3.  REDD+ - Reducing emissions from deforestation and forest degradation is an additional path to addressing greenhouse gas emissions, separate and apart from combustion sources.  Forest degradation is responsible for up to 20% of global greenhouse gas emissions.  The UN organized a program in 2008 to address this problem.  "Reducing Emissions from Deforestation and Forest Degradation (REDD) is an effort to create a financial value for the carbon stored in forests, offering incentives for developing countries to reduce emissions from forested lands and invest in low-carbon paths to sustainable development.“REDD+” goes beyond deforestation and forest degradation, and includes the role of conservation, sustainable management of forests and enhancement of forest carbon stocks."  Some have claimed that REDD is "the fastest-moving portion of the whole climate negotiations."   Some environmental groups want a portion of the Green Climate Fund earmarked for REDD.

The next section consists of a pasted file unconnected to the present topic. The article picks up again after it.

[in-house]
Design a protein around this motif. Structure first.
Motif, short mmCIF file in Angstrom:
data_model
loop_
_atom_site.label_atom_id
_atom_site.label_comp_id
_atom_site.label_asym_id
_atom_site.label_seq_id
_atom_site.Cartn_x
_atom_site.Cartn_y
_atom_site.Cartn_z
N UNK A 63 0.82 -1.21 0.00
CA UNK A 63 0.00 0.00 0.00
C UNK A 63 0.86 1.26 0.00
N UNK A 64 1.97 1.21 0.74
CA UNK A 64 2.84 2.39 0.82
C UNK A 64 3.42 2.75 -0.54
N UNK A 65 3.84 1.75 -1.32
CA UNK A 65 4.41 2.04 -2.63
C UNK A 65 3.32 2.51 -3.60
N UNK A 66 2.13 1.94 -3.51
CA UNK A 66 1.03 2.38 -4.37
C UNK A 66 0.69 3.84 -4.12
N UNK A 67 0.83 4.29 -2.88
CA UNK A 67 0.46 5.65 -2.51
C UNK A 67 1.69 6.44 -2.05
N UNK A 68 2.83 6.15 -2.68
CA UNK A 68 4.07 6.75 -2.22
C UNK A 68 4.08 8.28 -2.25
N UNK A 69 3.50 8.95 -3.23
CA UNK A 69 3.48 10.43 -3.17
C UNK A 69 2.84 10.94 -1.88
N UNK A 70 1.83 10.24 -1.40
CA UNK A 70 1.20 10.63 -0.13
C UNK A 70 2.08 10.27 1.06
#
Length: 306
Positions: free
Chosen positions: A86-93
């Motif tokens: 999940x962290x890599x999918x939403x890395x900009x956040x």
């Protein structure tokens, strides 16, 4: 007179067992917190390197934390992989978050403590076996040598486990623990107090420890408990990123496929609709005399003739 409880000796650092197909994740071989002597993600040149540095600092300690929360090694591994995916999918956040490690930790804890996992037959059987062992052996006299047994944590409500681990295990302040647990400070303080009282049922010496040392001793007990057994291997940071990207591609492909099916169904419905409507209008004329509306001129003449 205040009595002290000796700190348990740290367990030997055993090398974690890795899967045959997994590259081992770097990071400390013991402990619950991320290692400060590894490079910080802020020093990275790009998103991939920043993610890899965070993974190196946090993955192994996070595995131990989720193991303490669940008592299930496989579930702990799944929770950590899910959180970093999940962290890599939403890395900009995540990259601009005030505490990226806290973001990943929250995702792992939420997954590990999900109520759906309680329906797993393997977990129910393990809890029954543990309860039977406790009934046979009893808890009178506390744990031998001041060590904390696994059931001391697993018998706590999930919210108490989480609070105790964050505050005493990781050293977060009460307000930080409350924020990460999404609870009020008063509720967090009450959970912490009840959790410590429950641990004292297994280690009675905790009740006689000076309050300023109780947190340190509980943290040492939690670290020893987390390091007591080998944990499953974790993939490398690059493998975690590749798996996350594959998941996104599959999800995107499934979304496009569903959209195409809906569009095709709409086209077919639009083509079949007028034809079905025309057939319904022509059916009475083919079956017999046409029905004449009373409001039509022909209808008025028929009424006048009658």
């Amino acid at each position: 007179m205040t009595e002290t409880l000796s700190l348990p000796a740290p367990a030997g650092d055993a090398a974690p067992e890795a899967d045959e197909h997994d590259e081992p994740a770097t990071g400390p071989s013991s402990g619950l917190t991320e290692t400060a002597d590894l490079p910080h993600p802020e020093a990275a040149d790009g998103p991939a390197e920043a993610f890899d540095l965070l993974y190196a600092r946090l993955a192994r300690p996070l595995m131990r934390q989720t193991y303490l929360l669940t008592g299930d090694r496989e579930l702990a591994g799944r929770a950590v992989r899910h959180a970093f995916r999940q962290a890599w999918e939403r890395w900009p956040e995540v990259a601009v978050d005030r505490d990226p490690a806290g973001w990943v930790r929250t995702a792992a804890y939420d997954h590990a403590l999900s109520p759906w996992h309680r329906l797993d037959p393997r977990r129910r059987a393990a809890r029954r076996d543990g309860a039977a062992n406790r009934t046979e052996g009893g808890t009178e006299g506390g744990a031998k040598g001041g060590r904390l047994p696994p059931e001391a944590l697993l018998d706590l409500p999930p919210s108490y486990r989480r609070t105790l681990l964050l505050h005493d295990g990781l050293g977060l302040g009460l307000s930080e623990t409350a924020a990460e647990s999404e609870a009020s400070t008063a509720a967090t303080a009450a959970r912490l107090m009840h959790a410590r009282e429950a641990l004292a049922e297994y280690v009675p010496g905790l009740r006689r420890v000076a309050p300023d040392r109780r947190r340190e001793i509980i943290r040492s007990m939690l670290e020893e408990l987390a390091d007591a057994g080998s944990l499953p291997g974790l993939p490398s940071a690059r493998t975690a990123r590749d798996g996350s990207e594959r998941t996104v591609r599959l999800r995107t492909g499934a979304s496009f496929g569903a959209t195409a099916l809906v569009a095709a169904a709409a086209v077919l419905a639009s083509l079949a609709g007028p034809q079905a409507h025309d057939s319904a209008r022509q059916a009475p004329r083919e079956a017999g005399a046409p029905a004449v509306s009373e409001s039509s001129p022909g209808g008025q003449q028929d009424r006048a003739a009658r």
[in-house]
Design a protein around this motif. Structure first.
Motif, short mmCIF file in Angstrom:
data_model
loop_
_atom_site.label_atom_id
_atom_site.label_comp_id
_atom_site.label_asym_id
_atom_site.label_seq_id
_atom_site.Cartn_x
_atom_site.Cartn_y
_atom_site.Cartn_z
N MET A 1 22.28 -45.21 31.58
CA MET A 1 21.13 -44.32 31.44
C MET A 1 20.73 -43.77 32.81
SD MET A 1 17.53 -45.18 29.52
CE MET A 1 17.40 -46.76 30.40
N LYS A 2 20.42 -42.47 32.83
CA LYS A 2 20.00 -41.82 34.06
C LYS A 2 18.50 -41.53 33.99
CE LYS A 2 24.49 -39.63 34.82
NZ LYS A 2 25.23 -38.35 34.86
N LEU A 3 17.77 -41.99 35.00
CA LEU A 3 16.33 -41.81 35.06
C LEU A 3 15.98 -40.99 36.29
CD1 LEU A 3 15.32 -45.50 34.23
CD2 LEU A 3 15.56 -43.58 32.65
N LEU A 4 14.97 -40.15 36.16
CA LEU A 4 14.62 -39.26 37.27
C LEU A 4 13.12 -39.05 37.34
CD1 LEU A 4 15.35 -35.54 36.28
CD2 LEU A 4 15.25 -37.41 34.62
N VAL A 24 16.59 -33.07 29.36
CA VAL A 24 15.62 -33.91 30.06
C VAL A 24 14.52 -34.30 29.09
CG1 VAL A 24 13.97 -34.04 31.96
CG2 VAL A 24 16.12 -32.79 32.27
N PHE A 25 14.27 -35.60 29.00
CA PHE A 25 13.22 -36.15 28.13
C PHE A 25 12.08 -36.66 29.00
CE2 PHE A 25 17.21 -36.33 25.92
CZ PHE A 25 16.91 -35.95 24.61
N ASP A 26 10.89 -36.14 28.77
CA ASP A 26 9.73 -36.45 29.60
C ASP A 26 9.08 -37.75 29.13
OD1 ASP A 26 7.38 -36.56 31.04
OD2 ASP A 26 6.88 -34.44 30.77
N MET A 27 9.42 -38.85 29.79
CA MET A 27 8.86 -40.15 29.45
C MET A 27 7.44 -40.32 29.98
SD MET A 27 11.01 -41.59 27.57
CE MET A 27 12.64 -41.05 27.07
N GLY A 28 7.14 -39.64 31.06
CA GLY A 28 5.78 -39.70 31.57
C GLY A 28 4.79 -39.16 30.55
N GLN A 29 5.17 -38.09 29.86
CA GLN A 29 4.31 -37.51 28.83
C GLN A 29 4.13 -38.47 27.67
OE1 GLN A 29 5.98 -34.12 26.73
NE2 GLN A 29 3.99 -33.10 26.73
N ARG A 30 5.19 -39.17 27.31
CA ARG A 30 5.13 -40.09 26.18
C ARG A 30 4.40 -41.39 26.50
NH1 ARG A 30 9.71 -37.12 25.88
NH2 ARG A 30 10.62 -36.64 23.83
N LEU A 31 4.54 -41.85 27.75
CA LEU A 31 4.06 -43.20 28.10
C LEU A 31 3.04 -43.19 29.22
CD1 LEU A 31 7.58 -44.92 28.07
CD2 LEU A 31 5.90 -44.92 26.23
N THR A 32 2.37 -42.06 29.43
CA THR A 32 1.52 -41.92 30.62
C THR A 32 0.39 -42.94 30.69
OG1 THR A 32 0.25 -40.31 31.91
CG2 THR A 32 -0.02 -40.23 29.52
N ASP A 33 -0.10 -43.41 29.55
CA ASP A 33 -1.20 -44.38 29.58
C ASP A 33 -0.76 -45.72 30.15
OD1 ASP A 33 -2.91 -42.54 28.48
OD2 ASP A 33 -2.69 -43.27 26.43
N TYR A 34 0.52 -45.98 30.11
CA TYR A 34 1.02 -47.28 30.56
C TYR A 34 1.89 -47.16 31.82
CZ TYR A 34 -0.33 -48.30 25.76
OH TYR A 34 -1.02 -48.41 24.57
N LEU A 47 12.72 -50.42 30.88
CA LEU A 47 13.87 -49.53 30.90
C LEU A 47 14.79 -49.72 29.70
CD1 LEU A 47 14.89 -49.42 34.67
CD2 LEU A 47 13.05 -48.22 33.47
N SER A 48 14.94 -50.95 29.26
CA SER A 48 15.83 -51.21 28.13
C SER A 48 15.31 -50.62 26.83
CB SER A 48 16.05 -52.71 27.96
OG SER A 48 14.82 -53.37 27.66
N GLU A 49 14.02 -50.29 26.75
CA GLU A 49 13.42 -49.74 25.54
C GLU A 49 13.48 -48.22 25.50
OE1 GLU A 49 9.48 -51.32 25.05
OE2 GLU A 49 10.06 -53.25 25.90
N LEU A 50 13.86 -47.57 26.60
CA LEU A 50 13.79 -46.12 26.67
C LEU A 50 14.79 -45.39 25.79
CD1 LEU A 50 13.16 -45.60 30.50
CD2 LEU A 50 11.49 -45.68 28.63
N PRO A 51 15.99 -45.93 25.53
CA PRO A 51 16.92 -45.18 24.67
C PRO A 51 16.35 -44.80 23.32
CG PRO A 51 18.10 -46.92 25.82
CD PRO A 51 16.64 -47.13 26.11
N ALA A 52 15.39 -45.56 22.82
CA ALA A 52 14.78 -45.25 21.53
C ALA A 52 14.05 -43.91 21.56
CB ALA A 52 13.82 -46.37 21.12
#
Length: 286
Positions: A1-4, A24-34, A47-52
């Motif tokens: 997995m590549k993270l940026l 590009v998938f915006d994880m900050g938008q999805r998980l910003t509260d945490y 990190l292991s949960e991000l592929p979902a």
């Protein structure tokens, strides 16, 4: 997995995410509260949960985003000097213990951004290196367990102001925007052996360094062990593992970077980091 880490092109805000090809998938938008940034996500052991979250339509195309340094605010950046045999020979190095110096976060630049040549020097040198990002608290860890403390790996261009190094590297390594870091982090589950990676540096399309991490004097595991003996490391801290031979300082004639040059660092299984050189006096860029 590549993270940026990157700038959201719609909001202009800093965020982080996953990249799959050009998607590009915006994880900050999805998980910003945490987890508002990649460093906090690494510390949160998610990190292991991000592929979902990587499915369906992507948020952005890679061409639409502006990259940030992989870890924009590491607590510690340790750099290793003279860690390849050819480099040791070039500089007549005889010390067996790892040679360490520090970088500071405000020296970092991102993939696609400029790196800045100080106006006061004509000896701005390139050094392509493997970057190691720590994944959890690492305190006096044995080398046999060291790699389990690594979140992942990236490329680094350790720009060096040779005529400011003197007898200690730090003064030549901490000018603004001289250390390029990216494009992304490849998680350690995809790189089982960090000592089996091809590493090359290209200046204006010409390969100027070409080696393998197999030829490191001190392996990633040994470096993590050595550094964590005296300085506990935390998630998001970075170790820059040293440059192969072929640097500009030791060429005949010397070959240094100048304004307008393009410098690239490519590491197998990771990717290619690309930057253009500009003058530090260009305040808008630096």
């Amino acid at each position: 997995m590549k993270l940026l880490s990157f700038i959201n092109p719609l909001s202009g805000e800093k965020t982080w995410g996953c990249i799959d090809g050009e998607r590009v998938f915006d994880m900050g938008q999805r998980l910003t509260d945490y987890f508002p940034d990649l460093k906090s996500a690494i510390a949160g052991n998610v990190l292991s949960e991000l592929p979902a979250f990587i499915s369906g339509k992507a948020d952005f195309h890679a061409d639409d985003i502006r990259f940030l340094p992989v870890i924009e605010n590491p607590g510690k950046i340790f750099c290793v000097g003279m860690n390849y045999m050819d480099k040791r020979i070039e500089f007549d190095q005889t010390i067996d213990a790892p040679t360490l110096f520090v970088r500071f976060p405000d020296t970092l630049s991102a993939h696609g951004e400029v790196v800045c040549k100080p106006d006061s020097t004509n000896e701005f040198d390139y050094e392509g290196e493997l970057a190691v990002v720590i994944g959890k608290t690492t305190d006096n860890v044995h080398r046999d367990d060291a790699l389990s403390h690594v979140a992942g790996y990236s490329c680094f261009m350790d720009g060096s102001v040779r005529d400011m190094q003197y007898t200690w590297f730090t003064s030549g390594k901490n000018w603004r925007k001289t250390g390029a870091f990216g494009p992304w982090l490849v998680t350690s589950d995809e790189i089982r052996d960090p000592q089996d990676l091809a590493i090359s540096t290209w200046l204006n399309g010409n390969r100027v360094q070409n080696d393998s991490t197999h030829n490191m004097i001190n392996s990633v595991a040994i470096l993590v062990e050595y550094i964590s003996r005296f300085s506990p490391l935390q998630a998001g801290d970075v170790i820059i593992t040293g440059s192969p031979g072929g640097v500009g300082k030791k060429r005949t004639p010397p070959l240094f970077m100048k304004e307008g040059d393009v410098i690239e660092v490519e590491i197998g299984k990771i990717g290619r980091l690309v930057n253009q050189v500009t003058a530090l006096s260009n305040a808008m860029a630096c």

So why does this have any significance for businesspeople in the United States?  We start from the premise that climate change is occurring. No dispute about that. There will be significant changes as a result. No dispute about that either. And humans, as is their nature, will respond to the change in their habitat.  Likewise, no dispute.  In the jargon, there will be adaptation - armoring the shore against rising sea levels, further restrictions on water usage for drought areas, more hurricane-proof building codes, enhanced floodplain analysis - and there will be mitigation - efforts at reducing the emissions of greenhouse gases.  For better or worse, the COP meetings set the rules of the mitigation game, and influence responses to adaptation.  Although the Kyoto Protocol was not adopted in the United States, it led to the establishment of a billion dollar trading system in Europe on carbon credits.  It influenced RGGI and the Western Climate Initiative here.  We have written about how the European system is set to impact American air carriers at the first of the year.  Down the road, we believe the nations of the world, including the United States, will come together to address climate change.  The frameworks that are in place - built by the COP meetings - will inevitably be important in cementing and implementing the mutuality of purpose.